It’s important that children learn as best as they can, but sometimes, they need a little extra support. Whether that’s difficulty reading and writing or even an ability to sit still, you may want to see if there’s a learning disability impeding their abilities. You want to make sure that your child is doing the best that they can in school, and learning that they’re having difficulties is challenging to come to terms with. When getting your child tested for a learning disability, here’s what you need to know.

How to know if your child needs testing

If your child is struggling in school, it’s incredibly important that you advocate for your child. If they’re struggling, you could schedule a learning disability test to see what accommodations your child may need. However, there isn’t a test for each learning disability. There’s an overall test for a number of them, as the test is an evaluation of how your child is performing in school. 

Getting tested by a licensed neuropsychologist is essential, as they can see whether your child has hit essential developmental milestones in their growth. A great resource for parents to look at is Understood, a nonprofit organization that works to educate parents on the different learning disabilities and the tests that their child may take, as tests can vary depending on what educators and parents need to know.

Will schools test for disabilities?

Unfortunately, no. Schools do tests at the beginning and end of the school year to determine where their child is in their learning process, and it’s up to the parents to try and push for testing. Writing a letter to your child’s school recommending that they evaluate your child is an excellent first step. 

Teachers are also a good source of information to have. As they work with several children every year, they understand and can pinpoint when a child isn’t necessarily working at the same rate as their classmates. There should be a team of people involved in the identification process, including the school psychologist, the teachers, parents, and speech-language pathologists.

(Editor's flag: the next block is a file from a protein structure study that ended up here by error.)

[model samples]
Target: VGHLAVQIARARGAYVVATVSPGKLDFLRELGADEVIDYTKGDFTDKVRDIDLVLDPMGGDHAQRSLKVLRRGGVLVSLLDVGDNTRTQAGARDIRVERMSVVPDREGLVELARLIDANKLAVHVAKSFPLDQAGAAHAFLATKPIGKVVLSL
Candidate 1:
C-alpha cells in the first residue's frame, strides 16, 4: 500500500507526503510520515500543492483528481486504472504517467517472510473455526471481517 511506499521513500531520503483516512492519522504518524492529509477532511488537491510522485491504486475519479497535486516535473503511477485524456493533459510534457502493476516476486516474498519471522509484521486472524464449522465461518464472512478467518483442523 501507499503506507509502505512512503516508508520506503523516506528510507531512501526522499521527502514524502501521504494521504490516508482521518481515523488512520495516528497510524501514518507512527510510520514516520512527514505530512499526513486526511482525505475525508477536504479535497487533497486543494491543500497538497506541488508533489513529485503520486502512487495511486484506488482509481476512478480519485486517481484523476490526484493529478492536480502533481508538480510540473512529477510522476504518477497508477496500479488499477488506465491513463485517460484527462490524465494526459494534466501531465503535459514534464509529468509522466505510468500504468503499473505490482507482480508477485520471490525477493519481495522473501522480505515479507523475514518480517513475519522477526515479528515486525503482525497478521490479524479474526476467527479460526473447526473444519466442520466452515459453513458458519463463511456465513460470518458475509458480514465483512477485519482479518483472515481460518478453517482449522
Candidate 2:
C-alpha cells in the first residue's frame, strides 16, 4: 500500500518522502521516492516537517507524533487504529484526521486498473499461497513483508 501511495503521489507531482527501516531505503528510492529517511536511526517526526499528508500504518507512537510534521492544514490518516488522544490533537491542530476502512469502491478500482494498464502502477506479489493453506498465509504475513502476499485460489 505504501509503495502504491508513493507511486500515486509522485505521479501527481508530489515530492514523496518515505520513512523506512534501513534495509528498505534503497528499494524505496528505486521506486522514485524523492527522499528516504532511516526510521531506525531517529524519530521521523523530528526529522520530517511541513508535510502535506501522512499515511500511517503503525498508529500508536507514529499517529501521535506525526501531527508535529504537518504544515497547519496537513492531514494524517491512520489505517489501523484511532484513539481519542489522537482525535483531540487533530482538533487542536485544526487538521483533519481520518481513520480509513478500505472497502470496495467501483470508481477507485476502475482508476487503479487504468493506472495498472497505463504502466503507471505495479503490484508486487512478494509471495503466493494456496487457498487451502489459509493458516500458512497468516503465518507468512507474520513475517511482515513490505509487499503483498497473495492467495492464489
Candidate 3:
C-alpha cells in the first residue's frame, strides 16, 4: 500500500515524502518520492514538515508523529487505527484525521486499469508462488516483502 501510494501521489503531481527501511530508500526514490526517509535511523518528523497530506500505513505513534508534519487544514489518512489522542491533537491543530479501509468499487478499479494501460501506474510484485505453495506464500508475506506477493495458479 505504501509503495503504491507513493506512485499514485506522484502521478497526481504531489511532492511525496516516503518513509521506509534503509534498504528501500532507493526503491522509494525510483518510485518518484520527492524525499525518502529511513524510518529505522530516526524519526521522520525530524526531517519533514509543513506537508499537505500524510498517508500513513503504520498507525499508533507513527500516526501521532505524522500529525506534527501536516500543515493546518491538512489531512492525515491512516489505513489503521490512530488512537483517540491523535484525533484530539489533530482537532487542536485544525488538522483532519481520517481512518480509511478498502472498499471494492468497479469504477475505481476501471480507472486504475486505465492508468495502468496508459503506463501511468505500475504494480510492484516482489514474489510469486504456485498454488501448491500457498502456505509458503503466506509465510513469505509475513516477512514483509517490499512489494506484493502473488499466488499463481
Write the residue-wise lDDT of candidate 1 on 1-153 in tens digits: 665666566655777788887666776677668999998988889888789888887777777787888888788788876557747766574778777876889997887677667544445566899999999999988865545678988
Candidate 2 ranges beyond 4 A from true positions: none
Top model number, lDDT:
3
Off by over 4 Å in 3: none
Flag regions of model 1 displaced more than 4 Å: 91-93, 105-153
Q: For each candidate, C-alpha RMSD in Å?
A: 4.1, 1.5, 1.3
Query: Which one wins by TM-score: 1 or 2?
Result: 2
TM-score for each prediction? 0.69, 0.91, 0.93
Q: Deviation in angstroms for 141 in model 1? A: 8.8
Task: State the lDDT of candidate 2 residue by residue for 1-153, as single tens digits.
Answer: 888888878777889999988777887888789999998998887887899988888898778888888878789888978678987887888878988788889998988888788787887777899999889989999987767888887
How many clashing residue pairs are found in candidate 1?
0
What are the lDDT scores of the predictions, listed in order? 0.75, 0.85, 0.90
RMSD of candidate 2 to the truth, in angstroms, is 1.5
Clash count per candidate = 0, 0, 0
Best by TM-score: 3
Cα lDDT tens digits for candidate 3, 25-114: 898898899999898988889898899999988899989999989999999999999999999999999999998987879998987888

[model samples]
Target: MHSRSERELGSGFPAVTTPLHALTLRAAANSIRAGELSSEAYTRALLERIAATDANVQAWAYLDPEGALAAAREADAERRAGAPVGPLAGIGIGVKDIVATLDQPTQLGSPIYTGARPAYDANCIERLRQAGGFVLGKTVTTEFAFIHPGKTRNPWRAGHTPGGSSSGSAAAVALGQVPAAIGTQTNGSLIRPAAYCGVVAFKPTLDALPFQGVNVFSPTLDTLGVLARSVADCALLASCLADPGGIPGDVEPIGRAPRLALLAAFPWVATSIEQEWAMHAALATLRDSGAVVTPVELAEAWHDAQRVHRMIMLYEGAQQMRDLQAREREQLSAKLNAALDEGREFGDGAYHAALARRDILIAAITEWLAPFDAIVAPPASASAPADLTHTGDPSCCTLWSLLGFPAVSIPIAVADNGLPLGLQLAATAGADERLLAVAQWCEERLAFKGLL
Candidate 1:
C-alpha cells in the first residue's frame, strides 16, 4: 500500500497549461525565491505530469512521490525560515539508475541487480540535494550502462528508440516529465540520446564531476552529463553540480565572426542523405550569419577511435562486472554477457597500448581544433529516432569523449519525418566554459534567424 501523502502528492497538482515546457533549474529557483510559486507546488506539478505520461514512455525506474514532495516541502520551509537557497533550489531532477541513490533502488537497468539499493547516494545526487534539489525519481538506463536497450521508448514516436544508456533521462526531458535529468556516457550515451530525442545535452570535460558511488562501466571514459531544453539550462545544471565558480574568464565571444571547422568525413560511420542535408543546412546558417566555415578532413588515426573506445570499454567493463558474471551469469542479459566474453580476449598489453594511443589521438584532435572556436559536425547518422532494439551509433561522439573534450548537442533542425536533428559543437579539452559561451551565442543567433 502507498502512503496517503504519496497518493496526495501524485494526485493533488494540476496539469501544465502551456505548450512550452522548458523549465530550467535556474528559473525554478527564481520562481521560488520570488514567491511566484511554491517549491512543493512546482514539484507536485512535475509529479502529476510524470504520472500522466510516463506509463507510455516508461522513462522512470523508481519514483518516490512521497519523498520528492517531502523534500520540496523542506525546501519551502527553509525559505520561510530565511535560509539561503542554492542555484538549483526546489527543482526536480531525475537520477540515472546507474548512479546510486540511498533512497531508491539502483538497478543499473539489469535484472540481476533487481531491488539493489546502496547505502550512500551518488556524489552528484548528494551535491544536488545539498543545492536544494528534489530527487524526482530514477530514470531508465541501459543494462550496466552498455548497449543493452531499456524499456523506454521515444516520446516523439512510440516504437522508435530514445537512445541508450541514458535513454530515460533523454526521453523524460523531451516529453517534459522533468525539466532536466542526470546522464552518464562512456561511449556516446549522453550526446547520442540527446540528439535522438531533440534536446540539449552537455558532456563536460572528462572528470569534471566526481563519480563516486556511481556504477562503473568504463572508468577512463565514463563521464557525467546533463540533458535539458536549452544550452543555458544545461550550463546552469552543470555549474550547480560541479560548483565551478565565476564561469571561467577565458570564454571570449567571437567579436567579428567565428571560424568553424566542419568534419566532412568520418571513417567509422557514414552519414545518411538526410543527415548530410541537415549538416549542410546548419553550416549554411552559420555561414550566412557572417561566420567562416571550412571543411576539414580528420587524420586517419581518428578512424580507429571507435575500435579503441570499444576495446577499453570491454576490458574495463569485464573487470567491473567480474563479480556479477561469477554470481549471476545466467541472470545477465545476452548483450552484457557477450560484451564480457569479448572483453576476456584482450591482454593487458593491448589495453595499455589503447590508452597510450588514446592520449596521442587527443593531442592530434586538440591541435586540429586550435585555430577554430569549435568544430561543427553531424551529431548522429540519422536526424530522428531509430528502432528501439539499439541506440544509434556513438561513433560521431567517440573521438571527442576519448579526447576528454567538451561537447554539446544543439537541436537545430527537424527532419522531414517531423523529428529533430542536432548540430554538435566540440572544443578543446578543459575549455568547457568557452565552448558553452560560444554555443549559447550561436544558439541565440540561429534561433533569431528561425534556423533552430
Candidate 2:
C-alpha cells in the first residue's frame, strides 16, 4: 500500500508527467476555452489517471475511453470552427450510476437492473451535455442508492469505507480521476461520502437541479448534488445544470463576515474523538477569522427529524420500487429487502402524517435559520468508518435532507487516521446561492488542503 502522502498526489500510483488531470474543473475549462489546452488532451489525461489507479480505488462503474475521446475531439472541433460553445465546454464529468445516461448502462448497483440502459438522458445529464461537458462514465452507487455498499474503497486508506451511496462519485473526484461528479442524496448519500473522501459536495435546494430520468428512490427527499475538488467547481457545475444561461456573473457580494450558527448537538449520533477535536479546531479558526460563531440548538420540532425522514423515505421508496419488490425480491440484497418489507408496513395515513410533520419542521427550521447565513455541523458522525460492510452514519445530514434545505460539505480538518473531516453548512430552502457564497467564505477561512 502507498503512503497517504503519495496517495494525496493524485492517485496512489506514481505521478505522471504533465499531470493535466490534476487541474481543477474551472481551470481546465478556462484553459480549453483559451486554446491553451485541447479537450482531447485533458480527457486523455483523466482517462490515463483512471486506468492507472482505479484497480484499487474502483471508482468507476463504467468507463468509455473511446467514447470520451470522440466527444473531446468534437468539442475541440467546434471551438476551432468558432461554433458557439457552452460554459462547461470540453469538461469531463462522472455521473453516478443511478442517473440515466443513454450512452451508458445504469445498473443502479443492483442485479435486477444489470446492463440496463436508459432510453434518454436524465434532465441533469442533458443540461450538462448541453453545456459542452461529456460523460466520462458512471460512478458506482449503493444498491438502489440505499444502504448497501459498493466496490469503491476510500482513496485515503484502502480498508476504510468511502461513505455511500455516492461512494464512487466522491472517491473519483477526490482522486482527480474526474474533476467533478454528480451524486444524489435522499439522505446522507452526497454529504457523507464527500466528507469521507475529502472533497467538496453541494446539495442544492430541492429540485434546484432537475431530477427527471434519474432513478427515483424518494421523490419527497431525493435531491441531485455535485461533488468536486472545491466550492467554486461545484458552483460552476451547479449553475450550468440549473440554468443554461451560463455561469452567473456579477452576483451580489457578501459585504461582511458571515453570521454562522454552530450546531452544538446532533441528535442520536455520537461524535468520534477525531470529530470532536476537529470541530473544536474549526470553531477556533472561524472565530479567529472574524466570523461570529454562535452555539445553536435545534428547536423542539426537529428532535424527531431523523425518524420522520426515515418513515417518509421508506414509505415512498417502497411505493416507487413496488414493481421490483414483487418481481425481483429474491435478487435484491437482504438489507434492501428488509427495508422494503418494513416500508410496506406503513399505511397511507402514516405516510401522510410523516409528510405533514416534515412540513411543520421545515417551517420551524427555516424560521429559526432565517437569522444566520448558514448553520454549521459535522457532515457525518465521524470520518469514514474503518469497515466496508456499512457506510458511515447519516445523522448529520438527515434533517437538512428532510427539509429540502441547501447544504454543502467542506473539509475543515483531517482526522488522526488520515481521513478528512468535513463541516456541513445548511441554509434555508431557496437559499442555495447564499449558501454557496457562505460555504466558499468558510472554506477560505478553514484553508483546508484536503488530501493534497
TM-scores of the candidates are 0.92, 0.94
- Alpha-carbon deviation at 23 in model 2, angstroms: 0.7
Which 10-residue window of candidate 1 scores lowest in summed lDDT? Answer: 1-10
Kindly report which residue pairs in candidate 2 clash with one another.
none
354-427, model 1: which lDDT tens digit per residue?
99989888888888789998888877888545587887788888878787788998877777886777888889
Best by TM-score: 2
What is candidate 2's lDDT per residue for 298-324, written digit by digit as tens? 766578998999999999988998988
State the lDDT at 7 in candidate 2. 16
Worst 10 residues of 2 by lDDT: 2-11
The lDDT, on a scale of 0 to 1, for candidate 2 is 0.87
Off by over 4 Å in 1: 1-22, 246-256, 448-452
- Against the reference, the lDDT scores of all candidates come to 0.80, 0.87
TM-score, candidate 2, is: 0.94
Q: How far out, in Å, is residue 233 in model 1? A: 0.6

What accommodations are available for a student with learning disabilities?

The neuropsychologist that evaluates your child may also give you a learning plan that includes different teaching strategies, assistive technology that can be used, or study strategies that you can help your child with. You can meet with your child’s teachers and make the necessary accommodations using that information. Remember that everyone involved wants your child to succeed, so there’s nothing to worry about.

By paying attention and identifying possible learning disabilities in your child early, you can ensure that your child stays on track to succeed in their journey. Identification and intervention can also help your child keep their spirits up during school, making learning less frustrating and even more comfortable and confident in school.

Dr. Edward S. Thalheimer is the President and Founder of The Tutoring Center® Franchise Corp. For our part, we here at The Tutoring Center® are continuing to provide one-to-one instruction combined with The Rotational Approach to Learning® to prevent children from slipping through the cracks academically. Our programs help children achieve long-term success, build concentration and focus, and, with our outstanding instructors, find the love of learning. Don’t let your child fall behind this school year. If you’re interested in learning more, or you are interested in opening The Tutoring Center® in your community and joining a team of more than 120 franchise locations nationwide, please visit our website at